An exemplary preferred polymer is a polybutylene succinate homopolymer sold under tradename Bionelle 100™ and is available from Showa Highpolymer Co., Ltd.
According to the present invention, the polylactide polymer composition can be coated onto any substrate to which it will adhere. Exemplary substrates include natural and synthetic paper, polymer films, and aluminum foil. Preferably, the polylactide polymer composition is coated onto paper such as, bleached and unbleached Kraft paper, clay coated paper, bleached and unbleached packaging paper, bleach boxboard, and the like.
Various weights of paper can be utilized. For example, in the manufacture of a cup, it is generally desired to use a paper having a weight of between about 210-250 g./sq. m.
A 20 percent solution of poly(lactide) with a molecular weight of 40,000 in a solvent of chloroform was cast onto 50 lb Kraft paper (Georgia Pacific) using a 15 mil draw bar. After allowing the coating to dry at room temperature for 24 hours, the coated paper was placed into a vacuum oven at 40° C. and high vacuum for 24 hours to remove the residual solvent. Coating thickness after drying was 2 mils. The resultant coating had excellent clarity and high gloss; a 60° gloss value of 83 was found according to ASTM D 523-85. Exposing the coating to water for 8 hours did not affect its appearance. The flexibility of the coating was verified by bending the coating over a ⅛″ mandrel.
A 20 percent poly(lactide) chloroform solution was cast onto 50 lb Kraft paper (Georgia Pacific) using a 15 mil and a 25 mil draw bar. The coated paper was allowed to dry at room temperature for 24 hours. Residual solvent was removed in a vacuum oven at 30° C. under high vacuum. The dried coating thicknesses were 2 mil and 4 mil respectively.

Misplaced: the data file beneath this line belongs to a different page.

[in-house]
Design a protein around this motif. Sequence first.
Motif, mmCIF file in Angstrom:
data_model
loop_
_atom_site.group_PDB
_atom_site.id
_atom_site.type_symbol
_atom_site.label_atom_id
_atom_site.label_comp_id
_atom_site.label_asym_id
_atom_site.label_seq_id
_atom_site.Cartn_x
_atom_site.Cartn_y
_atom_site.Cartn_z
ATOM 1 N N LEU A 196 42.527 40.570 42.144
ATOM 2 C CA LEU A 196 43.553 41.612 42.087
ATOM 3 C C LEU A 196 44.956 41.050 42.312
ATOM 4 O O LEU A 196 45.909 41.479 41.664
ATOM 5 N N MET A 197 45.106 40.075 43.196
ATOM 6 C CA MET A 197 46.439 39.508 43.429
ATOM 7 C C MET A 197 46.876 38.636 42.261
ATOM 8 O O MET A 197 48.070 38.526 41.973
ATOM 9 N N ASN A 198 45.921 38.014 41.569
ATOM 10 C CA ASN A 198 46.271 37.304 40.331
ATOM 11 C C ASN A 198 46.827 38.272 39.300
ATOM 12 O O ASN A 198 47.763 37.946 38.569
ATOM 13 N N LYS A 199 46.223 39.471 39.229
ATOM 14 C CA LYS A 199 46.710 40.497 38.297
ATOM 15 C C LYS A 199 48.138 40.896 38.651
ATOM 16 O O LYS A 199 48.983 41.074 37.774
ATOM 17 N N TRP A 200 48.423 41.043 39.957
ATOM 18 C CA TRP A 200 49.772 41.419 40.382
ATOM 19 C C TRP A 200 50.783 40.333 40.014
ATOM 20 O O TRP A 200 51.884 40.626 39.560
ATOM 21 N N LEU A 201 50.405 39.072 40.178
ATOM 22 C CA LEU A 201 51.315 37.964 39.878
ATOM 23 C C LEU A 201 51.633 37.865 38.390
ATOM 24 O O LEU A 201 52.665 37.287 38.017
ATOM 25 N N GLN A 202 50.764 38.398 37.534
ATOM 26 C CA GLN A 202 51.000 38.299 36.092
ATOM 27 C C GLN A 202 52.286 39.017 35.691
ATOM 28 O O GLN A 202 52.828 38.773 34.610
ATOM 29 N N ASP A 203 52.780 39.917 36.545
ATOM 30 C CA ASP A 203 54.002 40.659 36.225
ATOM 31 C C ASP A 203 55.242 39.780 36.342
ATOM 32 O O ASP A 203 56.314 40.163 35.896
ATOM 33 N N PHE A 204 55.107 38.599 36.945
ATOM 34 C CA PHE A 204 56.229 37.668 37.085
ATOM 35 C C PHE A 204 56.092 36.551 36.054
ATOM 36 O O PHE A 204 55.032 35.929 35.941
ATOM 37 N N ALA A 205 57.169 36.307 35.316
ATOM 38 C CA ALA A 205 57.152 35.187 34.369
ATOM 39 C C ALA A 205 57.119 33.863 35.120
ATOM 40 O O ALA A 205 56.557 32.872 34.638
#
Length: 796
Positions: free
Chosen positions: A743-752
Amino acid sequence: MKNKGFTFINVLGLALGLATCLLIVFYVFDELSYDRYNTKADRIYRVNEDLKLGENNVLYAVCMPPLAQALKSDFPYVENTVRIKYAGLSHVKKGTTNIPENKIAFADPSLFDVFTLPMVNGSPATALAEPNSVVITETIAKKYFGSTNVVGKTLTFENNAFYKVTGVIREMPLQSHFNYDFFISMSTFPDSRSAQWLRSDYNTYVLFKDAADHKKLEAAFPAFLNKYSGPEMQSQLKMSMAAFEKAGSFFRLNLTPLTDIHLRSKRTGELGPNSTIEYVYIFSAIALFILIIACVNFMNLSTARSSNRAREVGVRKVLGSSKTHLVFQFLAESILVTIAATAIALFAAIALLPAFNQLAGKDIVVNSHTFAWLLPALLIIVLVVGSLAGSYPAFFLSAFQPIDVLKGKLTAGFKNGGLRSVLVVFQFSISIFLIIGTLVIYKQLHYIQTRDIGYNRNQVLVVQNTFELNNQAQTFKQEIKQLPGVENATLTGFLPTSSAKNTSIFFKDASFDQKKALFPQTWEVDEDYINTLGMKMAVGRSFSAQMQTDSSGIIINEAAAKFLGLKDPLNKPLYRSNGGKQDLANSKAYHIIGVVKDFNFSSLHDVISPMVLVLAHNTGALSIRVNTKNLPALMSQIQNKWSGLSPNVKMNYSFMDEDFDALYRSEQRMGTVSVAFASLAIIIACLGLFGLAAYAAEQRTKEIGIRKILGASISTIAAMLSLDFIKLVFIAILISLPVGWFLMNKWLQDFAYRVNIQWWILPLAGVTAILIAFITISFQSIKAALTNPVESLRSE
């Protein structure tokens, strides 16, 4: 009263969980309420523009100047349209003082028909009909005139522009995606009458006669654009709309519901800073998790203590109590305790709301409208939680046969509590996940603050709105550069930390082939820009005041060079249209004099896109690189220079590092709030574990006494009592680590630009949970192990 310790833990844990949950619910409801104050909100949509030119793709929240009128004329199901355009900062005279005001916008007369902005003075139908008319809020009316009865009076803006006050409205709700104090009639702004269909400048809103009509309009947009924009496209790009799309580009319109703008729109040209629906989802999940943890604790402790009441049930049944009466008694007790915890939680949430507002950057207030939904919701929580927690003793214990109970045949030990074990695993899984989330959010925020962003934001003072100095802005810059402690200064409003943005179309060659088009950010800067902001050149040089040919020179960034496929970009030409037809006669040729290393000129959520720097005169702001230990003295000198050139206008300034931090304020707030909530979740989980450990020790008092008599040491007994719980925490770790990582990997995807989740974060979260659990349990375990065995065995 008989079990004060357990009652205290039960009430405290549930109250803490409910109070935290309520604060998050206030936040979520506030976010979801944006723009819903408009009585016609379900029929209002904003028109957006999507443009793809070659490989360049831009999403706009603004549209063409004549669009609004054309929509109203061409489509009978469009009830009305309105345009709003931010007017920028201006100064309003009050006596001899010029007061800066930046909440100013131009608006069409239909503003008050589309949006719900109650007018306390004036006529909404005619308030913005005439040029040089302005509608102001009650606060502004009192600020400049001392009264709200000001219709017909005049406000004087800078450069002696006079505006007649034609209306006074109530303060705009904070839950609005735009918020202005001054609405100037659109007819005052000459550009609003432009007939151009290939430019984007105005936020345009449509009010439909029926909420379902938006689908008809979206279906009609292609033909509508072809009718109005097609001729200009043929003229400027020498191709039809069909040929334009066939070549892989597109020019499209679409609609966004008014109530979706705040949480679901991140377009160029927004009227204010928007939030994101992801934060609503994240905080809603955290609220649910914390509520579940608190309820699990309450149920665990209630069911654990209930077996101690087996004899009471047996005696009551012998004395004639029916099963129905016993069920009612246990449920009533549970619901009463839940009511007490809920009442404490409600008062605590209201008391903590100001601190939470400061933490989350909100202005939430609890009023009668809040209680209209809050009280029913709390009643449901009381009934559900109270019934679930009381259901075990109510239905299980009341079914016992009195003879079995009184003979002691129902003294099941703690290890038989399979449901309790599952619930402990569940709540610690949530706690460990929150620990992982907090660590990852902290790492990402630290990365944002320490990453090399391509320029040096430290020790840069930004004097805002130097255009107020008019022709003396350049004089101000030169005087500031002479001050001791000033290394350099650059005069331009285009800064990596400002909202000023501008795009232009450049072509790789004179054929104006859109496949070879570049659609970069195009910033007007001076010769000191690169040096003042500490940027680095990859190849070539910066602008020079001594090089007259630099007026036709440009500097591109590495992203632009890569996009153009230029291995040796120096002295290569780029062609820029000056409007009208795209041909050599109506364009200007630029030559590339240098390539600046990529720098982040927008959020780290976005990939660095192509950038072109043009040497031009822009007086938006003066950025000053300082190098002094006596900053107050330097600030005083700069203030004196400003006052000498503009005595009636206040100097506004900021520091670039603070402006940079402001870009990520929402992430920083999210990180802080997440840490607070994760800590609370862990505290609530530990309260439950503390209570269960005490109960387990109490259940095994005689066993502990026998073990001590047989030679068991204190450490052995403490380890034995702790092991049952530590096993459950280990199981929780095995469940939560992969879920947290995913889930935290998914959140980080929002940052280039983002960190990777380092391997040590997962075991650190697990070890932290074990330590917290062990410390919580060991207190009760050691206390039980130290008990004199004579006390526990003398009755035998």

The coated paper was tested for its heat scalability to uncoated paper using 1″ wide test specimen. A Sencorp Heat Sealer Model 12-As/1 was used to apply a preset pressure for a given time and temperature with two 1×12″ jaws. The 1″ wide coated paper was mated to an uncoated paper of the same dimensions. The pressure was varied from 60 to 80 psi, the temperature from 200° to 280° F., and the time from 0.5 to 1.5 seconds. The samples were allowed to cool to room temperature. The quality of the resultant bond was thereafter assessed using a hand T-peel test and visually judging the degree of fiber tear from the substrates.
Samples were judged an “excellent” heat seal (2) if they had 100 percent fiber tear of the uncoated strip onto the coating. A “better” heat seal (1) was partial fiber tear of the uncoated strip. “Poor” heat seal (0) indicates no fiber tear. The tests were run using both a 2 mil and 4 mil coating. An * indicates an average of multiple tests. The following are the results:
0 = POOR 1 = BETTER 2 = EXCELLENT
* = AVERAGE OF MULTIPLE TESTS
TEMPERATURE ° (F)
Due to the thermoplastic nature of the coating, the bonded substrates may be debonded upon application of heat and stress at the bondline as the coating softens. This offers an additional option for recycling of coated paper.
A 20 percent solution of poly(lactide) in chloroform was cast onto 70 lb Kraft paper (Georgia Pacific) and dried overnight at room temperature. The residual solvent was removed in a vacuum oven at 30° C. under high vacuum. The dry coating thickness was 5 mil.